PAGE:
(Updated: November 26, 2014)
Most of the documents leaked by Edward Snowden are from the American signals intelligence agency NSA, but there are also quite a number from their British counterpart GCHQ. Documents from both countries are classified as TOP SECRET and often have additional markings to further restrict their dissemination.
Where on American documents we see markings like COMINT (Communications Intelligence) and NOFORN (No Foreign Nationals), the British have the mysterious term STRAP followed by a number.
Information about American classification and dissemination markings can rather easily be found on the internet (see also The US classification system on this weblog), but there are hardly any details about the British classification system.
But luckily, there's one source available which describes STRAP and other British classification practices in detail: the extensive Defence Manual of Security from 2001. Chapter 17 (page 1131-1135) of Volume 1 gives an overview of the STRAP Security Guidelines.
In the manual, STRAP is described as a set of nationally agreed principles and procedures to enhance the "need-to-know" protection of sensitive intelligence (and related operational information) produced by the British intelligence agencies, including military sources.
It adds additional procedures to the standard security measures employed for intelligence matters. STRAP is therefore comparable with the American system of protecting the most sensitive information by control systems with separate compartments, which are generally designated by codewords.
Although on some websites it's suggested that STRAP might stand for "STRategic Action Plan", the Defence Manual clearly states that STRAP is a codeword, not an acronym. The STRAP codeword itself is not classified.
Some intelligence information, handled within the STRAP System, require more stringent protection than others. To assure this, there are three levels of STRAP protection. These levels are designated, in ascending order of sensitivity and, hence, access control: STRAP 1, STRAP 2 and STRAP 3.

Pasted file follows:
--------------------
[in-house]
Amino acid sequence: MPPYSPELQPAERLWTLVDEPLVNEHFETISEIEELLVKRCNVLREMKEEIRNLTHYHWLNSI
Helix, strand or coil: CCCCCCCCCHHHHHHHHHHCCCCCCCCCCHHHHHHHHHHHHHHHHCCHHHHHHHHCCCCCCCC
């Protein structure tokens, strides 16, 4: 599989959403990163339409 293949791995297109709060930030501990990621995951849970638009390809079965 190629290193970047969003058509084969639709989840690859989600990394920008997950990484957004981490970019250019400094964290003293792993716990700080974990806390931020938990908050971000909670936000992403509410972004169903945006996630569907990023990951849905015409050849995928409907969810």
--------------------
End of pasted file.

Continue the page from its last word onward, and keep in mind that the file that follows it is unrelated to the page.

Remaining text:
Examples of STRAP documents
An example of a document from the least sensitive category, marked STRAP 1, is a slide from a powerpoint presentation about the BULLRUN program aimed at breaking encryption methods used on the internet:
Information that is somewhat more sensitive is marked STRAP 2, like this presentation slide about operation SOCIALIST, which infiltrated the network of the Belgian telecommunications provider Belgacom:
From the category of most sensitive documents, marked STRAP 3, there are no actual examples available. STRAP 3 for example protects the precise locations where these interceptions takes place. The real names of the telecommunication companies that cooperate with GCHQ are classified one level below this, at STRAP 2.
As several of these real names have been published, Snowden must somehow got access even to STRAP 3 documents. Probably because they are so sensitive, Greenwald and the papers may have decided not to publish them, but only use some of the information they contain.
STRAP protection measures
The STRAP system is designed to protect information against threats that are specific for sensitive intelligence. A principal threat is when a target becomes aware of an intelligence attack against him, so he can initiate countermeasures. Therefore, the STRAP system aims to minimise the risk of leakage of sensitive intelligence operations and products into the public domain - whether by accidental exposure or deliberate intent. This is done through the following measures:
- Restricting access to sensitive intelligence material on a strict "need-to-know" basis;
- Agreeing the appropriate facilities for its protection in transit ("STRAP Channels") use, storage and disposal;
- Providing explicit briefings and guidance for individuals who handle this type of material.
Information that requires protection under the STRAP system has to be clearly defined and labelled with the appropriate STRAP level marking. It has to be carried by authorized couriers during transit, and signed receipts have to be obtained at all stages of handover.
Within the British Ministry of Defence, the implementation of the approved STRAP security measures is overseen by individually appointed STRAP Security Officers (STRAPSOs). The overall responsibility for the review and formulation of STRAP policy and guidelines is with the STRAP Management Board.